So you are in the market for a new saddle. Fitting saddles to horses is not always easy. Saddles are not cheap and making a bad decision could be very costly. Not only that, but an ill-fitting saddle could ruin your horse. Saddles that fit badly cause pain and discomfort. These often lead to the horse reacting in ways that are usually interpreted by humans as misbehaving – rearing, evading aids and generally trying to tell his rider all is not right in the only ways he knows how.

The following is written regarding English-style saddles. Some of the points pertain to Western saddles as well. The most important point is that the saddle must fit the horse. Hopefully it will fit the rider too but it must fit the horse. It takes more to make a saddle comfortable for a horse than a thick saddle blanket. Tack shops nowadays will usually let you take a saddle home to try on your horse. It might be an option to float your horse to the shop. It is difficult to judge how the saddle will fit without actually trying it on the horse.

There are a few points which will narrow your search. Look at your horse's back. Is it broad with a flat wither? Some Quarter horses have quite a fat wither and a horse that always carries a lot of condition may also have a broad back and flat wither. Thoroughbreds are more likely to have a narrow back and high wither. Eighty percent of horses fall somewhere between the two extremes.

Saddle Too Big For The Rider
Credit: By Montanabw (Own work) , via Wikimedia Commons

An example of a saddle which is really too big for the rider.

Saddle Too Small
Credit: By Montanabw (Own work) via Wikimedia Commons

This saddle is too small for the rider.

A Correctly Sized Saddle
Credit: By IMG_3707-1-.jpeg: Kleopatra4 derivative work: Montanabw (IMG_3707-1-.jpeg) [GFDL ( via Wikimedia Commons

This saddle is a good match for the rider and appears to fit the horse nicely too.

Before you take the saddle home to try, sit in it with the stirrups at your usual length. You should feel comfortable in the saddle. The knee roll should be in the correct position for you. Don't buy a too small saddle simply for vanity's sake. You should be able to place the flat of your hand comfortably between your seat and the cantle. For dressage, the saddle should be an exact fit.

When you try the saddle on your horse, use a thin cloth under the saddle simply to keep it clean. Don't put stirrup leathers on the saddle until you are sure you are going to buy it. Saddle shops may not take a saddle back if there are marks from stirrup leathers. The arch must clear the horse's spine from front to back. Check this is still the case when you are mounted.

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The heavier the rider, the more important it is that the saddle is clear of the spine. The back panels should bear weight and not be so severely cut away that weight is transferred and concentrated over a smaller area of the back. The saddle should conform well to the horse's back. When a horse is fit, he will have muscled up over the back and the saddle will fit better.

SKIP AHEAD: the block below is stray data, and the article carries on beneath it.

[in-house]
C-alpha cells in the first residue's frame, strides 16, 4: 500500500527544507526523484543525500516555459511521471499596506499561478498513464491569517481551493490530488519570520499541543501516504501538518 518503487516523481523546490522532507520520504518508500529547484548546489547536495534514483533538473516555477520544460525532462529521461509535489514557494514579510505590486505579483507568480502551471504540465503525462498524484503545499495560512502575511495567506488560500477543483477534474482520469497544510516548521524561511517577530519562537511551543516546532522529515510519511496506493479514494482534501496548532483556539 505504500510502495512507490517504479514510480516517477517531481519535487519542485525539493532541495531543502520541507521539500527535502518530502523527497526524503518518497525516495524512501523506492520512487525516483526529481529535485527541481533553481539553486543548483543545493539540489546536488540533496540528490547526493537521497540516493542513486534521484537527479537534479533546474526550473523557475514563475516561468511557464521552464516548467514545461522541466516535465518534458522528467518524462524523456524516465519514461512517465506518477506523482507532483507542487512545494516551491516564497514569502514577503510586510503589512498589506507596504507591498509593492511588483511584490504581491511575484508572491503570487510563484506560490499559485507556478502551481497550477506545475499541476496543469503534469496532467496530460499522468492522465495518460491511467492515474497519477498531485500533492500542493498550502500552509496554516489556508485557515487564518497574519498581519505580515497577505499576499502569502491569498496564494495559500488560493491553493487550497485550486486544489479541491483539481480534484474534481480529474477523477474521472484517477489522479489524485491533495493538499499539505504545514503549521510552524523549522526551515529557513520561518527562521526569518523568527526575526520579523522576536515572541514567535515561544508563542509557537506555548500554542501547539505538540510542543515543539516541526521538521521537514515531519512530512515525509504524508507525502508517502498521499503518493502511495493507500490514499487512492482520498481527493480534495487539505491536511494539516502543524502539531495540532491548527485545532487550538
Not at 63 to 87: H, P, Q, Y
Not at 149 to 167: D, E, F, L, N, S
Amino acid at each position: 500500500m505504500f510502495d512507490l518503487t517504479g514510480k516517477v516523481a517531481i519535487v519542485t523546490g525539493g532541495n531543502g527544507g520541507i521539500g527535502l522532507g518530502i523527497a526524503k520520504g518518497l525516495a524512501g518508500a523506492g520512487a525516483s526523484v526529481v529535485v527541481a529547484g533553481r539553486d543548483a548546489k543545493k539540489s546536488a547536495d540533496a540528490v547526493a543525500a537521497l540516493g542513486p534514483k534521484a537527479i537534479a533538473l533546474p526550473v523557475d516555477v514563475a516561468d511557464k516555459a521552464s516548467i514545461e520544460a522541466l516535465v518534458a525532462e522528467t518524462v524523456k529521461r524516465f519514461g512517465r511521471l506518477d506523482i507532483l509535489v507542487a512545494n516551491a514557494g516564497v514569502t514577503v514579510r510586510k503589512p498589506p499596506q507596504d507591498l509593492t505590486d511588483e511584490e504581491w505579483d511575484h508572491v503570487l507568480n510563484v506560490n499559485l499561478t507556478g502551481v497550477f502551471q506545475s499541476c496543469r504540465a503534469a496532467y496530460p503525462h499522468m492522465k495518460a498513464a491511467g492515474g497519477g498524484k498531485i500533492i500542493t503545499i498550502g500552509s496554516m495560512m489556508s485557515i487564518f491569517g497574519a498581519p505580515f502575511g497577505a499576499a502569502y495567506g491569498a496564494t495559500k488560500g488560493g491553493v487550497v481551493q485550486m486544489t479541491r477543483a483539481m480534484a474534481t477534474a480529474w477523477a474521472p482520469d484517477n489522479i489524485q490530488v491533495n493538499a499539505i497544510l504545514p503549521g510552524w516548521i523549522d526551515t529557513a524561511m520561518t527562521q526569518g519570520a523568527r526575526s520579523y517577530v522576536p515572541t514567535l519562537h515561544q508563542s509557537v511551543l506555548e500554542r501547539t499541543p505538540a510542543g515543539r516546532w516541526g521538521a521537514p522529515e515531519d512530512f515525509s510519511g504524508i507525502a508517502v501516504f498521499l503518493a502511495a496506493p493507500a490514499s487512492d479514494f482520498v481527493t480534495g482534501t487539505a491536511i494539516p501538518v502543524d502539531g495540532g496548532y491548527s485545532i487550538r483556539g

When you remove a saddle from your horse, look for dry areas on the back. These will most likely be seen around the wither or on the back under the rear panels of the saddle. Dry areas mean there is too much pressure at those points and the sweat glands have not been able to activate properly. Over time, scurf will appear over the pressure patches, the hair will fall out and eventually the skin will also come away leaving a saddle sore.

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When the skin does eventually grow back after rest or use of a different saddle, the hair will be white. This is because the hair cells in that area has been permanently damaged. It is often recommended that, after a hard work-out, the girth should be loosened a hole at a time. This allows the blood flow to return slowly to the area without damaging surrounding blood vessels.

A well-made saddle will rarely need restuffing in its lifetime. Indications that re-stuffing is required are hard, flat panels. Lumps may develop within the panels. A saddle can be ruined by bad re-stuffing so find a reputable saddler if you want to go down this path.

It is now possible to purchase saddles which have interchangeable bars which adjust the shape of the gullet. The bar  converts the saddle arch from something suitable for a high wither to one that will fit a flat wither. Pads within the panels are also interchangeable allowing for optimum balance and clearance.

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Some Bates and Wintec saddles now feature the Easy-Change™ Fit Solution is a combination of the Easy-Change™ Gullet System and the Easy-Change™ Riser System. With the Easy-Change™ Fit Solution, a saddle will fit a range of horses. A special Easy-Change tool and a Phillips head screwdriver are the only tools required. The first time you alter your saddle may take you fifteen minutes but, as you become more practised, adjustments will become faster and easier.

 As a temporary measure to avoid back problems, two saddle blankets or an extra thick blanket may be used but, in fairness to your horse, it is important that the saddle fits as comfortably as possible. Your horse will never be able to give of his best if his back is hurting.